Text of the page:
Making reliable marketing decisions through experimentation


As a consultant, I’ve had the opportunity
to learn from marketing teams about marketing
tactics that either did not meet expectations
or failed completely. To give you an example, a bank wanted to increase
their customers’ debit card usage, so they
decided to roll out a rewards program for
all their customers. They also invested heavily in advertising
about the program, but six months down the line they realized that the program was not
really delivering any incremental revenues
or profits for the debit cards. They were not clear if the program worked
or if it worked for only a specific set of
customers or if it worked, then how big was
the size of impact? It is surprising that even in today’s data
rich world there exists a gap between what
businesses think would work for their customers
versus what actually works for their customers. And this is quite evident from the low marketing
response rates that we typically see.
This gap is only going to get bigger because
in today’s world, customer behavior is evolving rapidly. What’s the solution?
The only way to know what actually works for
your customers is by doing an experiment. Many leading organizations have realized that
experimentation is a great way to empirically
vaildate your ideas by collecting actual customer
response data at a much lower investment. Once your experiment succeeds, you can go
ahead with a full scale high investment rollout
with higher confidence. Going back to the banking example, had this set up an experiment first, they would know exactly which customers respond and which customers don’t and the ones that don’t respond is in fact
a wasted investment. And additionally they would also know how big the impact was because they can now baseline it to a group of control customers who didn’t
get the rewards.
So do businesses experiment? Yes, a lot of businesses do experiment, but
they’re doing it in an ad hoc way.
There are three challenges that they face
in terms of institutionalizing the process of experimentation. The first challenge is lack of good design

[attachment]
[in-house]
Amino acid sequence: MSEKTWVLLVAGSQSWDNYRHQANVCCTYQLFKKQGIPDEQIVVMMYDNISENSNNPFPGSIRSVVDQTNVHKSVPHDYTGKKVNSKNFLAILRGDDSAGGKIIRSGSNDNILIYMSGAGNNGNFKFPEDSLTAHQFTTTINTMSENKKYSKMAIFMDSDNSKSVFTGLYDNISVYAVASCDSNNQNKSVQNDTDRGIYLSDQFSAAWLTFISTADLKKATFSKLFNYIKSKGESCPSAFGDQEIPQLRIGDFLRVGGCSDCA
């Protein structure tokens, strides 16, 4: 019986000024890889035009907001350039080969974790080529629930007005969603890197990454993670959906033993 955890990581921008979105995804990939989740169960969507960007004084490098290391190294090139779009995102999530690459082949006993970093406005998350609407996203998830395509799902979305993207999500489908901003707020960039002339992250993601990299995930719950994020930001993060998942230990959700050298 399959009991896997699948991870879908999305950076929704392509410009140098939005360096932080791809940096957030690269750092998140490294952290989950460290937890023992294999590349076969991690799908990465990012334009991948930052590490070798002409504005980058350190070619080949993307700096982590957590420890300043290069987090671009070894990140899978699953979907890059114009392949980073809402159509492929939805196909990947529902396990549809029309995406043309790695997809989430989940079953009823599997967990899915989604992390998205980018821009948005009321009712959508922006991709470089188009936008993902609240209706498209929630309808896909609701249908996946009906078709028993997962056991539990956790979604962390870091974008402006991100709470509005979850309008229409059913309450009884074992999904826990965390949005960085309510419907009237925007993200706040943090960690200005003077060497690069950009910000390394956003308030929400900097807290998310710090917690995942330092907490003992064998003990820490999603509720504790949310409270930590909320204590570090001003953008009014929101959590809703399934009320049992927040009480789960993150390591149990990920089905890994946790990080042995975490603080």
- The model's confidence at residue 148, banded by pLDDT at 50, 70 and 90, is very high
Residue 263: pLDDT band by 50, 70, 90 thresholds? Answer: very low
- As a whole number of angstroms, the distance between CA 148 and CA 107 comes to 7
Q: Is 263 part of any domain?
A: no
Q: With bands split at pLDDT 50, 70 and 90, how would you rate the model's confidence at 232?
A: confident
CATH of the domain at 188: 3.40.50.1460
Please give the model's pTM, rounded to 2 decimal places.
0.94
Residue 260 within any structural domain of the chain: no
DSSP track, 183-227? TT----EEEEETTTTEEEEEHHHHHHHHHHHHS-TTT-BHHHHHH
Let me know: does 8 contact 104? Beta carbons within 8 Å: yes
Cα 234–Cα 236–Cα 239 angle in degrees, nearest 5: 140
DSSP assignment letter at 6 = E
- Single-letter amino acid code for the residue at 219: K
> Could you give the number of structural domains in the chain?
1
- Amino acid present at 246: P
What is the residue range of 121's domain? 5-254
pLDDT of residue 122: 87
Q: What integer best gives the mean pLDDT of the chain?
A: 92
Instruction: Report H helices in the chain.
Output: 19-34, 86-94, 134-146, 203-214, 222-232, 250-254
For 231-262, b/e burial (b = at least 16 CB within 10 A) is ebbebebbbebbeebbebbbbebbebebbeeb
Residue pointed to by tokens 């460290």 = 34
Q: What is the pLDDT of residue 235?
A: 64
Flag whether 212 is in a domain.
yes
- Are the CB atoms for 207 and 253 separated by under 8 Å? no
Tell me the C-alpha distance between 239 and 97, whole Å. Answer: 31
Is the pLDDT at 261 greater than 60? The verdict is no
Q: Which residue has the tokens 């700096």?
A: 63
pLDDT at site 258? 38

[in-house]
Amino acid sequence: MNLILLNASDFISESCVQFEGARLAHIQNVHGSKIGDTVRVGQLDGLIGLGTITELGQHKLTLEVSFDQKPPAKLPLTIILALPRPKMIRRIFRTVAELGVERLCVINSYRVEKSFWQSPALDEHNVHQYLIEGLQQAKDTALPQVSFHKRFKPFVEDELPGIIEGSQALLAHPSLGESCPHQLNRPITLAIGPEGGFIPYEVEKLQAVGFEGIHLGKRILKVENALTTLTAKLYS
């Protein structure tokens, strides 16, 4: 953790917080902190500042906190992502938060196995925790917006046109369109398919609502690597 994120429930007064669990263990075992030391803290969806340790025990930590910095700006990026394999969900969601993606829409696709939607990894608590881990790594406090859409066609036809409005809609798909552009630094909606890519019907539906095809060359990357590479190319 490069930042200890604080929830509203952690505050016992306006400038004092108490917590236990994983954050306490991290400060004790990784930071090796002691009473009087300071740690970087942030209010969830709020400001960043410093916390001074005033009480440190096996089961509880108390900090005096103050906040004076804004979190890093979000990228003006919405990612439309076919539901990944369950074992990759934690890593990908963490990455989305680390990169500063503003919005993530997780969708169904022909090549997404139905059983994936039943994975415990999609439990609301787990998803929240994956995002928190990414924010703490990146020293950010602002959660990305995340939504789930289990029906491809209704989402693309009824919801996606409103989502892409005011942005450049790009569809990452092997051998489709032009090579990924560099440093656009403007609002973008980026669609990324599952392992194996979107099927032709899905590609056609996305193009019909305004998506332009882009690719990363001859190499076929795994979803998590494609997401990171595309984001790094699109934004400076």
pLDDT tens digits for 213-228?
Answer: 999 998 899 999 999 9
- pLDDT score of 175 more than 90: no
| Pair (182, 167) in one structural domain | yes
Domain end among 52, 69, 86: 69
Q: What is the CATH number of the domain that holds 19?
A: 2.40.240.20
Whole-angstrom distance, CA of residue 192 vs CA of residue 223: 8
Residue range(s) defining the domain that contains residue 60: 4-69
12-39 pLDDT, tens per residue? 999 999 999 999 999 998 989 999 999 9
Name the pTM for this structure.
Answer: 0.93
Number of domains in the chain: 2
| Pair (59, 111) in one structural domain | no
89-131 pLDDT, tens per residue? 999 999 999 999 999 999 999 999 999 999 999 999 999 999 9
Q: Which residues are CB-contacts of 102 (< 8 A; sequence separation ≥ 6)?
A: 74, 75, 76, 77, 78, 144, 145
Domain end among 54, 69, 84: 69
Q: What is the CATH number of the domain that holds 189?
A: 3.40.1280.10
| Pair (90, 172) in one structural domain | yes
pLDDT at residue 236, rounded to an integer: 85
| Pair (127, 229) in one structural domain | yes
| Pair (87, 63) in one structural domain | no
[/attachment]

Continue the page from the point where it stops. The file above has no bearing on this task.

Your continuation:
principals. Every customer is unique.
Every retail store is unique.Every bank branch is unique. So the science behind choosing the right set of test and control subjects is quite complex and businesses may not have the right skills to do it in house. The second challenge is inconsistent measurement
approaches leading to inconsistent results,
which lead to more discussions and debates
rather than answers. Additionally, it makes cross pollination of
ideas and learnings across teams and across
markets extremely difficult. The third challenge is expensive methodology
which is difficult to scale.
Most businesses use a manual way of analyzing
experiments When we are looking at a global organization
with multiple brands across multiple countries,
we are talking about a high volume of experiments
and this process starts to break down. So how can you set up a culture of experimentation?
Make it easy to test ideas.
Everybody in the organization should be able
to set up an experiment and analyze it easily. That’s the only way to drive higher adoption.
Two, make it a part of your KPI’s. Everybody in the organization should actively
seek out ideas to test and subsequently celebrate
successes. Three, set up experimentation champions.
People who understand the statistical complexity
of the process at the back end and who can ensure that the sanctity of the process is
maintained.
So accelerating experimentation will provide
the right boost to your business in terms
of increasing your returns on investment.

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